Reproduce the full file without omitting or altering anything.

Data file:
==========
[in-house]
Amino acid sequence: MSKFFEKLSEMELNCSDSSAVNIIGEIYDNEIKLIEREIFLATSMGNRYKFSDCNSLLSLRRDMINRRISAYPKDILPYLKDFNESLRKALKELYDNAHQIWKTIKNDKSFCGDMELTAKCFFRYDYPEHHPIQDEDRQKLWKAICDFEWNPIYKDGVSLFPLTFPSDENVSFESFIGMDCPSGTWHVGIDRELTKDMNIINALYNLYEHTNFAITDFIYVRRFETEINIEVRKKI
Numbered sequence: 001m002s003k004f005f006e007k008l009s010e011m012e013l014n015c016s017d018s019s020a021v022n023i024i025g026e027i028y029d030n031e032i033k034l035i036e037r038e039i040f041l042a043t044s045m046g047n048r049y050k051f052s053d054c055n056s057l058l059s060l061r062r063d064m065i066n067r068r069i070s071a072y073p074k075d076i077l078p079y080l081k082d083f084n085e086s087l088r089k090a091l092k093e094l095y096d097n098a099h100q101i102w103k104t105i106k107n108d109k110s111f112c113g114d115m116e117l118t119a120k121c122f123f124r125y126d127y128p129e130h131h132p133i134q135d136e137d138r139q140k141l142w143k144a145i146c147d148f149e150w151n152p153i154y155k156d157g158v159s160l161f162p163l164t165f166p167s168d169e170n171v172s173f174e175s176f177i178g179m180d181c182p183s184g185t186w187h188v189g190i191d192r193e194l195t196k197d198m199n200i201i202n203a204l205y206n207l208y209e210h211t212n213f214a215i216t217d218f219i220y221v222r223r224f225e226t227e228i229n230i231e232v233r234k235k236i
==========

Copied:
[in-house]
Amino acid sequence: MSKFFEKLSEMELNCSDSSAVNIIGEIYDNEIKLIEREIFLATSMGNRYKFSDCNSLLSLRRDMINRRISAYPKDILPYLKDFNESLRKALKELYDNAHQIWKTIKNDKSFCGDMELTAKCFFRYDYPEHHPIQDEDRQKLWKAICDFEWNPIYKDGVSLFPLTFPSDENVSFESFIGMDCPSGTWHVGIDRELTKDMNIINALYNLYEHTNFAITDFIYVRRFETEINIEVRKKI
Numbered sequence: 001m002s003k004f005f006e007k008l009s010e011m012e013l014n015c016s017d018s019s020a021v022n023i024i025g026e027i028y029d030n031e032i033k034l035i036e037r038e039i040f041l042a043t044s045m046g047n048r049y050k051f052s053d054c055n056s057l058l059s060l061r062r063d064m065i066n067r068r069i070s071a072y073p074k075d076i077l078p079y080l081k082d083f084n085e086s087l088r089k090a091l092k093e094l095y096d097n098a099h100q101i102w103k104t105i106k107n108d109k110s111f112c113g114d115m116e117l118t119a120k121c122f123f124r125y126d127y128p129e130h131h132p133i134q135d136e137d138r139q140k141l142w143k144a145i146c147d148f149e150w151n152p153i154y155k156d157g158v159s160l161f162p163l164t165f166p167s168d169e170n171v172s173f174e175s176f177i178g179m180d181c182p183s184g185t186w187h188v189g190i191d192r193e194l195t196k197d198m199n200i201i202n203a204l205y206n207l208y209e210h211t212n213f214a215i216t217d218f219i220y221v222r223r224f225e226t227e228i229n230i231e232v233r234k235k236i